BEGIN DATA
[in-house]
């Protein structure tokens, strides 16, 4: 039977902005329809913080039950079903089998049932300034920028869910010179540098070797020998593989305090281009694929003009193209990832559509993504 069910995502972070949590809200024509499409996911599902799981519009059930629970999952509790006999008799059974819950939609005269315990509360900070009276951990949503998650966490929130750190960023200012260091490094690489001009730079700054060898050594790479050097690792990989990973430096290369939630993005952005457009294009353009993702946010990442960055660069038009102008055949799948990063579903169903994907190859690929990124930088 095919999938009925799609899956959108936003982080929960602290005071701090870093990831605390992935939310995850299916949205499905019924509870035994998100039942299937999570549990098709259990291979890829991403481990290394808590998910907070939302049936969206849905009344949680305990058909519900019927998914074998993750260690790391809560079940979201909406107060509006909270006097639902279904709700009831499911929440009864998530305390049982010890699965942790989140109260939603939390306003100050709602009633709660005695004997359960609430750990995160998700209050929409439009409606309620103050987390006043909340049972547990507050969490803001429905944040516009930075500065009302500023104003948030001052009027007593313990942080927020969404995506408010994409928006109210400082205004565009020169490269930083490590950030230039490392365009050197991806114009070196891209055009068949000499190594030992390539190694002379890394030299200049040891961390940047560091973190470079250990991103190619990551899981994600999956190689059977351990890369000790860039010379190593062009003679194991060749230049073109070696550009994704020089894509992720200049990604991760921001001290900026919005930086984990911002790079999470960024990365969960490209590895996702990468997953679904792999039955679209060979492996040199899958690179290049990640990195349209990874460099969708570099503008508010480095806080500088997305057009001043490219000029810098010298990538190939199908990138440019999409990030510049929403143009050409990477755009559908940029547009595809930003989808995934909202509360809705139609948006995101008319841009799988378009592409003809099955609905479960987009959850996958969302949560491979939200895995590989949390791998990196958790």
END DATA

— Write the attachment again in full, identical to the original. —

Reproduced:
[in-house]
């Protein structure tokens, strides 16, 4: 039977902005329809913080039950079903089998049932300034920028869910010179540098070797020998593989305090281009694929003009193209990832559509993504 069910995502972070949590809200024509499409996911599902799981519009059930629970999952509790006999008799059974819950939609005269315990509360900070009276951990949503998650966490929130750190960023200012260091490094690489001009730079700054060898050594790479050097690792990989990973430096290369939630993005952005457009294009353009993702946010990442960055660069038009102008055949799948990063579903169903994907190859690929990124930088 095919999938009925799609899956959108936003982080929960602290005071701090870093990831605390992935939310995850299916949205499905019924509870035994998100039942299937999570549990098709259990291979890829991403481990290394808590998910907070939302049936969206849905009344949680305990058909519900019927998914074998993750260690790391809560079940979201909406107060509006909270006097639902279904709700009831499911929440009864998530305390049982010890699965942790989140109260939603939390306003100050709602009633709660005695004997359960609430750990995160998700209050929409439009409606309620103050987390006043909340049972547990507050969490803001429905944040516009930075500065009302500023104003948030001052009027007593313990942080927020969404995506408010994409928006109210400082205004565009020169490269930083490590950030230039490392365009050197991806114009070196891209055009068949000499190594030992390539190694002379890394030299200049040891961390940047560091973190470079250990991103190619990551899981994600999956190689059977351990890369000790860039010379190593062009003679194991060749230049073109070696550009994704020089894509992720200049990604991760921001001290900026919005930086984990911002790079999470960024990365969960490209590895996702990468997953679904792999039955679209060979492996040199899958690179290049990640990195349209990874460099969708570099503008508010480095806080500088997305057009001043490219000029810098010298990538190939199908990138440019999409990030510049929403143009050409990477755009559908940029547009595809930003989808995934909202509360809705139609948006995101008319841009799988378009592409003809099955609905479960987009959850996958969302949560491979939200895995590989949390791998990196958790």